The Atardos bought the house, registered with the National Register of Historic Places, 6 years ago, and have recently completed a sizable addition. The plumbing in the new section of the house was done in such a way that the wastewater from the shower and washing machine go into a gray water system, where the water is filtered and sent into the home's toilets. This saves fresh water from being flushed down the toilet.

Pam first started researching gray water systems a few years ago when S.A.V.E. was raffling a gray water recycling system that was donated by Brac Systems. She ended up buying a similar system and hiring a contractor to do the plumbing. An initial thought was that it might be difficult to find a plumber who was familiar with installing gray water plumbing since it is so new in Montana. Pam said that this was not a problem at all; she worked with Clark Plumbing who did the whole job in less than a day. Current Montana legislation does not require any special permitting or inspection to install a gray water reuse system within a home.

The upfront cost of the Brac tank was about $1,500 and the labor cost about $1,000. Although fairly expensive, the good thing about this type of gray water system is that after the initial cost, there is very little maintenance and no operating cost. All you need to do is periodically clean the filter.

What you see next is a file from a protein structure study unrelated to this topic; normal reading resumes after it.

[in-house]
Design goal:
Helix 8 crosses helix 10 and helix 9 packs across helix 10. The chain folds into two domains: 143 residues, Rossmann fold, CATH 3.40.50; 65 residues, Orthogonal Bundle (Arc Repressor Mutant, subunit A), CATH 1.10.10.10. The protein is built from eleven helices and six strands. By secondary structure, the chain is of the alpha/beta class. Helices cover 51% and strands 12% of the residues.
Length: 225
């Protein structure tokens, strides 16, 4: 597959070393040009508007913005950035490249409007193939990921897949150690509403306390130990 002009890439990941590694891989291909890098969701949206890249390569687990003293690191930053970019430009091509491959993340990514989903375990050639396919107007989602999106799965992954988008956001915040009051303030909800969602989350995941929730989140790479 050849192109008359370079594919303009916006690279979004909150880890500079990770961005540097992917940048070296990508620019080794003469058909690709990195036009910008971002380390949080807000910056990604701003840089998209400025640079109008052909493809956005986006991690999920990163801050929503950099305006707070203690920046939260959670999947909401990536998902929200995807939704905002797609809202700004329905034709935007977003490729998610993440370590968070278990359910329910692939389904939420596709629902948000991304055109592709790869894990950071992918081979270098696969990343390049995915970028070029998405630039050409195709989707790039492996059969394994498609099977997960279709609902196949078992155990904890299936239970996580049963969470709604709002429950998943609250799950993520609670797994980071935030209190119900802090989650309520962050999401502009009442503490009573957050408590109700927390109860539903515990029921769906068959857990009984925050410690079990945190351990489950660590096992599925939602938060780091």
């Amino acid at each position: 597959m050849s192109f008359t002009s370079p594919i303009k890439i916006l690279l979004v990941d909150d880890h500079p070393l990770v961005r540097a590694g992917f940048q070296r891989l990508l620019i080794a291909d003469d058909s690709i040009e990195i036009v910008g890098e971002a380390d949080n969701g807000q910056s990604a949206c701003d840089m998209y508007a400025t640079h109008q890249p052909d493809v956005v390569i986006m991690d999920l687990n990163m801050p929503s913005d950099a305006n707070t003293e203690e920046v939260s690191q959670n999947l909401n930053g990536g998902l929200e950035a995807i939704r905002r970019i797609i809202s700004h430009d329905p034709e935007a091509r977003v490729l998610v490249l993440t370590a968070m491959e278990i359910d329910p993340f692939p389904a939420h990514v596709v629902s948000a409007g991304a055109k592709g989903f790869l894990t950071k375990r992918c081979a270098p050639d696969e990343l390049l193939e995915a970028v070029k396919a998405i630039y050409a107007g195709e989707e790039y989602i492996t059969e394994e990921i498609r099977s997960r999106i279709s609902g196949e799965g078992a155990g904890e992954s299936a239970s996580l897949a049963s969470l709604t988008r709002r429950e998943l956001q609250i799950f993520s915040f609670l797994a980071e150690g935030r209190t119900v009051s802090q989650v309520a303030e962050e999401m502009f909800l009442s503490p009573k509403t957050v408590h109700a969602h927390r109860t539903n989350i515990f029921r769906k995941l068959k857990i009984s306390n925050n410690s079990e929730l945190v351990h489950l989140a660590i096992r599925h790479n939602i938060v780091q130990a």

In cases like this, where the gray water generated is more than the demand, the Brac system can use a bypass when it fills with too much water. This feature is important because gray water should not be stored for more than 24 hours to ensure that the system is sanitary. Some states require that gray water be chlorinated and turned blue. Although this step is not required in Montana, it might not be a bad idea for some homes. This would be to ensure sanitation and to ensure that toilet water is clearly not mistaken for potable water. This would only require the extra step of dropping chlorine tablets into the tank.

They have also installed radiant heat floors, which help save on energy costs. Rather than using radiators or forced air heating, the heat system is installed below the floorboards and radiates out through the floor. This is such a neat way to make the house cozy, walking through the house on the warm hardwood floors, all while saving energy.

Another interesting installation was that of the Gravity Film Heat Exchanger (GFX) units. These send warm wastewater from showers, dishwashing, and washing machines to a copper coils wrapped around the cold water entering the house. It is a system that makes a lot of sense when considering how to save energy when heating water. The copper easily transfers heat between the hot wastewater to the cold fresh water. GFX claims that by using this system, you can halve the cost of a hot shower and triple the shower capacity of your home. Although the systems are pricey up front, about $500, this is one system that will save you a lot of money in water heating costs in the long run, and requires little to no maintenance.